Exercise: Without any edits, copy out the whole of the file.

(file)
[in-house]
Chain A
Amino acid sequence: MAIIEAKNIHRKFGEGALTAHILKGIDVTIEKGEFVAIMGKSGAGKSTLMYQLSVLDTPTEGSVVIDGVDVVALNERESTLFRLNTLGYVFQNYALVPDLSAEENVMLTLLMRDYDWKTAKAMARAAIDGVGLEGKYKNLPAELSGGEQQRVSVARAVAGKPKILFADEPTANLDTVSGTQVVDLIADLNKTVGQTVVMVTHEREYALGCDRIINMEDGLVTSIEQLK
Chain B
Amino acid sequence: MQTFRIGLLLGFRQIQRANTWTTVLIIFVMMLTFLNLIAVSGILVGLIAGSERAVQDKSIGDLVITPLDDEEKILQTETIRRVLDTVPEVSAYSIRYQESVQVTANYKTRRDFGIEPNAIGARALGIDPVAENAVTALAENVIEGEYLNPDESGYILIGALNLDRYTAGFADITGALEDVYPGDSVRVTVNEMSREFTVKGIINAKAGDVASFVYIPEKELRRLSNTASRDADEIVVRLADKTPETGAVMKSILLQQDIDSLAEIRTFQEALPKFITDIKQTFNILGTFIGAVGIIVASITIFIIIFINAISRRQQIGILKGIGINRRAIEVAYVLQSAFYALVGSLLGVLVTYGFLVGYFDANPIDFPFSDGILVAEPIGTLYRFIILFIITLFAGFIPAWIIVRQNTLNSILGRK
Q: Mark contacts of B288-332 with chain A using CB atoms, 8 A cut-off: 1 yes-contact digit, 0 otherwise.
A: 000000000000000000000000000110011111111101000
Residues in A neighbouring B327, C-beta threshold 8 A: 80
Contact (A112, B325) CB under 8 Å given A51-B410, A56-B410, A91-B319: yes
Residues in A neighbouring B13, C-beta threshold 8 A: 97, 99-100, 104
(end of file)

[in-house]
Chain A
Amino acid sequence: MAIIEAKNIHRKFGEGALTAHILKGIDVTIEKGEFVAIMGKSGAGKSTLMYQLSVLDTPTEGSVVIDGVDVVALNERESTLFRLNTLGYVFQNYALVPDLSAEENVMLTLLMRDYDWKTAKAMARAAIDGVGLEGKYKNLPAELSGGEQQRVSVARAVAGKPKILFADEPTANLDTVSGTQVVDLIADLNKTVGQTVVMVTHEREYALGCDRIINMEDGLVTSIEQLK
Chain B
Amino acid sequence: MQTFRIGLLLGFRQIQRANTWTTVLIIFVMMLTFLNLIAVSGILVGLIAGSERAVQDKSIGDLVITPLDDEEKILQTETIRRVLDTVPEVSAYSIRYQESVQVTANYKTRRDFGIEPNAIGARALGIDPVAENAVTALAENVIEGEYLNPDESGYILIGALNLDRYTAGFADITGALEDVYPGDSVRVTVNEMSREFTVKGIINAKAGDVASFVYIPEKELRRLSNTASRDADEIVVRLADKTPETGAVMKSILLQQDIDSLAEIRTFQEALPKFITDIKQTFNILGTFIGAVGIIVASITIFIIIFINAISRRQQIGILKGIGINRRAIEVAYVLQSAFYALVGSLLGVLVTYGFLVGYFDANPIDFPFSDGILVAEPIGTLYRFIILFIITLFAGFIPAWIIVRQNTLNSILGRK
Q: Mark contacts of B288-332 with chain A using CB atoms, 8 A cut-off: 1 yes-contact digit, 0 otherwise.
A: 000000000000000000000000000110011111111101000
Residues in A neighbouring B327, C-beta threshold 8 A: 80
Contact (A112, B325) CB under 8 Å given A51-B410, A56-B410, A91-B319: yes
Residues in A neighbouring B13, C-beta threshold 8 A: 97, 99-100, 104